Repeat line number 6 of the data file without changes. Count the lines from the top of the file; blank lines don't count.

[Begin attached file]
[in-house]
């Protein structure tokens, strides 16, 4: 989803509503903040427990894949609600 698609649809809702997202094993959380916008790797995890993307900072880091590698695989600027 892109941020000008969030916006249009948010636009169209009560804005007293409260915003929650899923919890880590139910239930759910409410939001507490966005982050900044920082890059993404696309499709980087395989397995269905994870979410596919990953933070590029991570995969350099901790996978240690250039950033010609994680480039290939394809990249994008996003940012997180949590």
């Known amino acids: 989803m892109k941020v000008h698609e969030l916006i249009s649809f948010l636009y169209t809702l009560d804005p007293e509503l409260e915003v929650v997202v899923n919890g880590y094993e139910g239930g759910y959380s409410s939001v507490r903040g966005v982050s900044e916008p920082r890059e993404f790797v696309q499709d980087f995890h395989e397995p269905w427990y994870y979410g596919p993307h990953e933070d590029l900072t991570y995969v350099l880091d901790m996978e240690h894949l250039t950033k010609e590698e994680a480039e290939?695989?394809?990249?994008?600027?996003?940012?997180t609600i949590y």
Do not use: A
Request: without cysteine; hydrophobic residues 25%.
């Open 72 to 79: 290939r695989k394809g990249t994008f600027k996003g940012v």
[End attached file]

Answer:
């Open 72 to 79: 290939r695989k394809g990249t994008f600027k996003g940012v």